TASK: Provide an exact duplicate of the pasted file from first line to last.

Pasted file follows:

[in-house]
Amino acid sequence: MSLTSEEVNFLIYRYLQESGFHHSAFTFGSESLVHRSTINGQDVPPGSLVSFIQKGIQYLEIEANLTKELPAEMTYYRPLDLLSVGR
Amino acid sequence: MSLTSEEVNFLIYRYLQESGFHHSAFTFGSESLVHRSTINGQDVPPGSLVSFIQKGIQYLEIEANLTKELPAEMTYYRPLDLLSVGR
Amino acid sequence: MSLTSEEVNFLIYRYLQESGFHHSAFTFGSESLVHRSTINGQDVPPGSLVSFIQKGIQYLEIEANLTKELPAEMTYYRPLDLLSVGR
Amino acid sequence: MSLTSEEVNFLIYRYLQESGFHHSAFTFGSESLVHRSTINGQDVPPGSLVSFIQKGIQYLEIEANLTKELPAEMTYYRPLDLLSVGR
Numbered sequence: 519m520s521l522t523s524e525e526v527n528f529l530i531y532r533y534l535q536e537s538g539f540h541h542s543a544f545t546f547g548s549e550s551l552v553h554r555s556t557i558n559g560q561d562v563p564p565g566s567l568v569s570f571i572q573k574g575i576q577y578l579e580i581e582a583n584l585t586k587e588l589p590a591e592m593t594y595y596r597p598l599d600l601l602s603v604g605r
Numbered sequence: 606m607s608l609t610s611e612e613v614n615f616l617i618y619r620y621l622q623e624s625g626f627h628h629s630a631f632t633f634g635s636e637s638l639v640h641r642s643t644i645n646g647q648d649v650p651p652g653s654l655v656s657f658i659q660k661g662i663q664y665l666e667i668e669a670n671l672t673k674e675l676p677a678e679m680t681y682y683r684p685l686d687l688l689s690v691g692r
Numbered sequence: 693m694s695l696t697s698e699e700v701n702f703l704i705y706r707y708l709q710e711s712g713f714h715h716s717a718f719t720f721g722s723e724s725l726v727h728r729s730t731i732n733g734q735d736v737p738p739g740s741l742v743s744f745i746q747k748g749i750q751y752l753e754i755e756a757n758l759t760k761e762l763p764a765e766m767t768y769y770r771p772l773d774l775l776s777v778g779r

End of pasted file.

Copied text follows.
[in-house]
Amino acid sequence: MSLTSEEVNFLIYRYLQESGFHHSAFTFGSESLVHRSTINGQDVPPGSLVSFIQKGIQYLEIEANLTKELPAEMTYYRPLDLLSVGR
Amino acid sequence: MSLTSEEVNFLIYRYLQESGFHHSAFTFGSESLVHRSTINGQDVPPGSLVSFIQKGIQYLEIEANLTKELPAEMTYYRPLDLLSVGR
Amino acid sequence: MSLTSEEVNFLIYRYLQESGFHHSAFTFGSESLVHRSTINGQDVPPGSLVSFIQKGIQYLEIEANLTKELPAEMTYYRPLDLLSVGR
Amino acid sequence: MSLTSEEVNFLIYRYLQESGFHHSAFTFGSESLVHRSTINGQDVPPGSLVSFIQKGIQYLEIEANLTKELPAEMTYYRPLDLLSVGR
Numbered sequence: 519m520s521l522t523s524e525e526v527n528f529l530i531y532r533y534l535q536e537s538g539f540h541h542s543a544f545t546f547g548s549e550s551l552v553h554r555s556t557i558n559g560q561d562v563p564p565g566s567l568v569s570f571i572q573k574g575i576q577y578l579e580i581e582a583n584l585t586k587e588l589p590a591e592m593t594y595y596r597p598l599d600l601l602s603v604g605r
Numbered sequence: 606m607s608l609t610s611e612e613v614n615f616l617i618y619r620y621l622q623e624s625g626f627h628h629s630a631f632t633f634g635s636e637s638l639v640h641r642s643t644i645n646g647q648d649v650p651p652g653s654l655v656s657f658i659q660k661g662i663q664y665l666e667i668e669a670n671l672t673k674e675l676p677a678e679m680t681y682y683r684p685l686d687l688l689s690v691g692r
Numbered sequence: 693m694s695l696t697s698e699e700v701n702f703l704i705y706r707y708l709q710e711s712g713f714h715h716s717a718f719t720f721g722s723e724s725l726v727h728r729s730t731i732n733g734q735d736v737p738p739g740s741l742v743s744f745i746q747k748g749i750q751y752l753e754i755e756a757n758l759t760k761e762l763p764a765e766m767t768y769y770r771p772l773d774l775l776s777v778g779r